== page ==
Rather than treating warts at home, it is best to take your dog to the veterinarian for an adequate diagnoses. As we have stated above, there are protuberances on a dog's skin which may look like warts, but which could be another more serious condition such as a different type of tumor. Even if the dog has been previously examined, when the tumor bleeds or changes color, you should go for a follow up. It is normal for warts to increase in size, but they will not do so indefinitely. As they are benign and only provide a superficial nuisance, they will only require treatment if they cause discomfort to the dog.

An example of the above discomfort is if the dog has warts on their back. While this may not cause any pain on their own, they could rub against their harness which will be uncomfortable. Damaging the warts and causing them to rupture could be potentially harmful. Warts in the oral cavity can also be painful as they rub against the gums during eating. If we see black spots on a wart’s surface, it is likely that it has previously bled and scabbed over. In these cases we should contact our vet as infections can occur with skin lesions like this.

If we do need to have a dog's wart removed, the most appropriate option is surgery. Additionally, being a viral condition, we can help bolster the dog's immune system by administering a quality diet, giving enough opportunity for exercise and providing an environment free of stress. There are articles out there which claim bananas or other home remedies can remove a dog's wart. However, there is little to no scientific basis for these cures. They may not cause any specific harm, but they can cause hygiene issues or rupture the wart if rubbed too vigorously.

Can I burn off a dog's wart?

No, never burn a dog's wart off at home. Even if the growth is a genuine wart, burning it off could have detrimental consequences. If you burn the wart off without seeing a veterinarian, you could be doing something to a malignant condition which could have equally dire results. Only a specialist should diagnose the condition and recommend a course of treatment. Most commonly these options will be surgery or to let them disappear on their own.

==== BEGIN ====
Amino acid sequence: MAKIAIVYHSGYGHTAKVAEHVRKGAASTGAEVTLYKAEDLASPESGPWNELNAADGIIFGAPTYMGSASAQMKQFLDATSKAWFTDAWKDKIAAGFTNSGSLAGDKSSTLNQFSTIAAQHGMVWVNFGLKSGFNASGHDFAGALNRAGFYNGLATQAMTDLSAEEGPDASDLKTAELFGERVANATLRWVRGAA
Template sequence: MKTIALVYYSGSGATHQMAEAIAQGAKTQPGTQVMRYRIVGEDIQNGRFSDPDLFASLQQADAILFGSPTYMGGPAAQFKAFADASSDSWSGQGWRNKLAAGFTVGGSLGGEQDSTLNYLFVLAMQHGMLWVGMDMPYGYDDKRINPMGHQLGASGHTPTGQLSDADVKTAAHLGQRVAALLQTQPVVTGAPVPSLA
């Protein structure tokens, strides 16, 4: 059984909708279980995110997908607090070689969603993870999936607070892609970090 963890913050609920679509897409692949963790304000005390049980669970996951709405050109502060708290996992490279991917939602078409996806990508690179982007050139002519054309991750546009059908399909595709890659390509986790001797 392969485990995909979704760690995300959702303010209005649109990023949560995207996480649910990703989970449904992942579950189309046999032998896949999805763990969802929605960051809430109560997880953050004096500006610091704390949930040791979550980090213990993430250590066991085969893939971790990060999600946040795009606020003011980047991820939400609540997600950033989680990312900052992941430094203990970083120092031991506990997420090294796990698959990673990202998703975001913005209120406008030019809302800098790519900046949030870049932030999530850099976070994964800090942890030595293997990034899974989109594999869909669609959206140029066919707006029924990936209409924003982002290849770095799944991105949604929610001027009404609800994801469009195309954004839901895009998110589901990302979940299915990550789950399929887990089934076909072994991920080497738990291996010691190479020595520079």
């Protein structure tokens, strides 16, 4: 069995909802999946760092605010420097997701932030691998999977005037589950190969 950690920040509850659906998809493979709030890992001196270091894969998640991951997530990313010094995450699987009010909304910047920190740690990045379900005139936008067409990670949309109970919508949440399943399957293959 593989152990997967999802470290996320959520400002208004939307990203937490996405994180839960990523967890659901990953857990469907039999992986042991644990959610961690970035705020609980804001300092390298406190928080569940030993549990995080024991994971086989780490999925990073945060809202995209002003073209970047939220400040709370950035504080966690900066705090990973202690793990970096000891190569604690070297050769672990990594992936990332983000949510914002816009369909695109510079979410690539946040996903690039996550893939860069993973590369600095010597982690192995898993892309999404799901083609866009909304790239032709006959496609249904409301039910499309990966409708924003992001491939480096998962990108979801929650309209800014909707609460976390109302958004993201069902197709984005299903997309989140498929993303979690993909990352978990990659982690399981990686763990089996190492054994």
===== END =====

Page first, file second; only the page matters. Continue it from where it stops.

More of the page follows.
How to Remove Warts on Dogs - How to treat warts on dogs

This article is purely informative. AnimalWised does not have the authority to prescribe any veterinary treatment or create a diagnosis. We invite you to take your pet to the veterinarian if they are suffering from any condition or pain.

If you want to read similar articles to How to Remove Warts on Dogs, we recommend you visit our Skin problems category.


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philip david lloyd
is there anything on the market i can use on dog warts
Dianne Ellis
I have an 8 year old Silky that just this year became covered with what appears to be warts all over his back. How safe is it to take him to a groomer?
Administrador AnimalWised
Hi Dianne,

The groomer should be used to this issue and not have a problem, but it will be up to their discretion.
I noticed a tiny scab on my cat's back after his fur was shaved due to matting; he was put under anesthesia for this. He also had a rabies shot and an annual vaccine that day. He got very sick a few days later and was treated with Clindamycin for a week.. He seems to be fine now, but the scab grew into a small tick-sized wart. The vet said leave it alone for now. I forgot to ask her if this wart is contagious to my two small dogs. All three pets are indoor pets. Thanks.
Administrador AnimalWised
Hello Lynn,

Clindamycin is an antibiotic which is is used for various inflammatory issues and bacterial infections. It has not been specified what this is, but if the treatment is over and the vet has examined them, it is likely the treatment has been successful and the cat is no longer contagious (if they ever were in the first place). We can't give you a definite answer because this is the job of the vet. Did they know you have other cats?
No other cats, just two small dogs and still wondering if cat warts are transmissible to dogs.
Administrador AnimalWised
Hi Lynn,

Sorry, we misread and meant dogs. The same applies, however. Warts are caused by viral infection, but it is possible the growth is called a wart, but is actually a different type of growth. As we said, we cannot tell you if the wart is contagious because we don't know the cause, if it is cross-species transmissible or if it is healed. There are too many factors, which is one of the reasons only a qualified vet can give you a proper diagnosis.

We were asking if the vet knew you had other animals because hopefully they would have known to tell you if it was infectious. While it sounds unlikely, we suggest you call the vet to clarify.
Charles Hall
Just read your article . Perhaps this maybe helpful. Many years ago, I saw on the news to remove warts on a person's hand. Duct tape. It works for genital warts as well. I'm thinking this will work for dog warts as well. My little Blue has them all over her body . The vet said that he doesn't recommend surgery due to her age. One wart, under her chin has grown larger and bleeds from her scratching. I will try the duct tape and see if that will remove it . If it works , I'll will comment again in the coming weeks
Administrador AnimalWised
Hi Charles,

Duct tape can be used on some lesions such as warts and verrucas. The tape is used to cover them and starve them of air. Eventually, they should die off. They are not used to rip them off and doing so can be dangerous (just in case this is the method you are thinking of). Unfortunately, dogs will probably not like keeping tape on themselves for any length of time, so this method may not work great on canines.